“It’s a huge upgrade from the earlier iPads,” said Anthony Scarsella, chief gadget officer at Boston-based Gazelle, one of the companies that buys used consumer electronics. “It’s much lighter and thinner.”
Scarsella said Gazelle’s trade-in price quote volume was up 130 percent over October 2012.
Jeff Trachsel, chief marketing officer at NextWorth of Billerica, Massachusetts, cited a similar statistic. “Compared to last October, our quote volume is up 127 percent,” Trachsel said. “iPad trade-in quote requests came in early, peaked higher and have maintained their level longer than last year.”
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Last year, Apple unveiled the fourth-generation 9.7-inch iPad and the iPad Mini on October 23 and began selling both on November 2. This year, Apple hosted its iPad introduction on October 22 and started iPad Air sales today. The refreshed iPad Mini, which will sport a higher-resolution “Retina” screen, will reach retail sometime later this month, Apple has said.
Both Trachsel and Scarsella credited the redesign of the iPad Air—the tablet is 20 percent thinner and at one pound, 29 percent lighter than its predecessor—with consumers’ increased interest in unloading older tablets.
“The design change,” said Scarsella when asked what drove the higher trade-in volume at Gazelle. “We see that with the iPhone as well. Interest spikes every two years when Apple changes the look of the iPhone.”
An amplifier, Scarsella said, was the fact that the iPad has had the same basic design since it first appeared in 2010, making the iPad Air even more desirable by the Apple faithful.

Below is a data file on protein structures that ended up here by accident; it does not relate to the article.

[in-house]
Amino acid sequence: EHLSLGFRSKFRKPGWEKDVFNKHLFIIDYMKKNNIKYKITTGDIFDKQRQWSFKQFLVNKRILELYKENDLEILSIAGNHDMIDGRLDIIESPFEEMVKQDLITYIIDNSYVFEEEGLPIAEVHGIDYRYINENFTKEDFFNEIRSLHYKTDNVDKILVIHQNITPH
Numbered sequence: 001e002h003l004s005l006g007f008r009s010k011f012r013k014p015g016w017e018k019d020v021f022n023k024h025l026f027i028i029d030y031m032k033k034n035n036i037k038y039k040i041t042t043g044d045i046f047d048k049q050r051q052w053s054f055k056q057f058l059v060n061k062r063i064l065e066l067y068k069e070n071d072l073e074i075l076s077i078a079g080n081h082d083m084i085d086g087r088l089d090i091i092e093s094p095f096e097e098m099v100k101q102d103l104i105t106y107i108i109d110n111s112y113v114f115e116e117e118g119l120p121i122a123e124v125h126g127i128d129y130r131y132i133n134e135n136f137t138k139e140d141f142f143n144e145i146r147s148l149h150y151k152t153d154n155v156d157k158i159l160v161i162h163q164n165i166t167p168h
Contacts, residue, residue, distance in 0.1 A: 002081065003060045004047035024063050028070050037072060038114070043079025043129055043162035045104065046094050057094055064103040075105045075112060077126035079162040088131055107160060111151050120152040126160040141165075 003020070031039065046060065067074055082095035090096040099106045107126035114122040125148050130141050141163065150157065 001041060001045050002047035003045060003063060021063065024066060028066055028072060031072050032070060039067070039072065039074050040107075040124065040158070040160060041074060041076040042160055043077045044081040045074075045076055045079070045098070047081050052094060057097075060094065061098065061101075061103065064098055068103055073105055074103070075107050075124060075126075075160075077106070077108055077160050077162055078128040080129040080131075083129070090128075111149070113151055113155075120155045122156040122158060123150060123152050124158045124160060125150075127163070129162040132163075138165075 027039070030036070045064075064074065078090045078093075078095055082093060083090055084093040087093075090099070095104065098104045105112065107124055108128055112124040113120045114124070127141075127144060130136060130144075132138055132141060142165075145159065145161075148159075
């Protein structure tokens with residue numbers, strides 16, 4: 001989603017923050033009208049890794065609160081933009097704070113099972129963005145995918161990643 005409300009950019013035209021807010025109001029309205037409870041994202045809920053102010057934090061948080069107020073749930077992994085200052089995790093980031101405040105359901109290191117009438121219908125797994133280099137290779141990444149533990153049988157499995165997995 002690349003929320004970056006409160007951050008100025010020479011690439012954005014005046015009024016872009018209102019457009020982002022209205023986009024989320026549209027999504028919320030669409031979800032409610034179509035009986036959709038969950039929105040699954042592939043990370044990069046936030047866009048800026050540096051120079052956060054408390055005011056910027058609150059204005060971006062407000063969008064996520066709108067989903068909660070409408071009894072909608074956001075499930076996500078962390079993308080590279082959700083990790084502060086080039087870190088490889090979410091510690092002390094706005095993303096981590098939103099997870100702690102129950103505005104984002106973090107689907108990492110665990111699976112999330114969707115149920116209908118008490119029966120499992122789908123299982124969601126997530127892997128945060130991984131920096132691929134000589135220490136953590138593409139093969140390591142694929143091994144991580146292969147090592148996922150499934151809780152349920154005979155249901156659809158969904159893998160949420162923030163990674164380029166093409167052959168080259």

The electronics “re-commerce” business has exploded in the last several years as consumers and businesses have realized their devices retain value. Companies like NextWorth, Gazelle and a host of others specialize in buying used tablets, smartphones, personal computers and even game consoles, then reselling them on eBay or in bulk to distributors in developing countries where demand is high but incomes are low.
As the practice has become more mainstream, buyback companies have regularly recorded increases in the number of trade-in quotes they dispense and the number of devices that they purchase. Because of the higher prices Apple charges for its goods, and the devices’ high resale value, iPhone and iPad owners seem to be especially eager to cash in on their old devices so that they can buy the newest ones.
The third-generation iPad has been the most popular tablet consumers hope to sell, with NextWorth pegging its percentage of all October quotes at 35 percent and Gazelle citing 31 percent. Apple launched the third-generation iPad in March 2012. In second place was the 2011 iPad 2, accounting for 20 percent of NextWorth’s quotes and 22 percent of Gazelle’s.
Relatively few of the quotes provided by NextWorth (17 percent) or Gazelle (12 percent) have been for the fourth-generation iPad, which debuted a year ago.
Quotes for the original iPad Mini tailed off significantly after the October 22 announcement by Apple that it would not start shipping the revamped 7.9-inch tablet until later this month, Trachsel and Scarsella said.
“I think that most people with a Mini are going to stay with the [Retina] Mini,” said Scarsella, explaining the trade-in fall-off. He expected interest to resume once Apple reveals when it will begin selling the tablet, which will start at $399, $80 more than last year.
“In September, iPad Mini quotes were up five times from the month before,” said Scarsella. “People that own that tablet are ready to upgrade. They’re not getting a lesser product in the Mini this year because it has the same components as the iPad Air. It’s just a different-sized screen.”
On Thursday, NextWorth was offering $200 for a 16GB Wi-Fi-only, third-generation iPad; Gazelle quoted $180 for the same device.
Buyback vendor NextWorth will pay $200 for a used third-generation iPad with 16GB of storage space. Rival Gazelle quoted $180.
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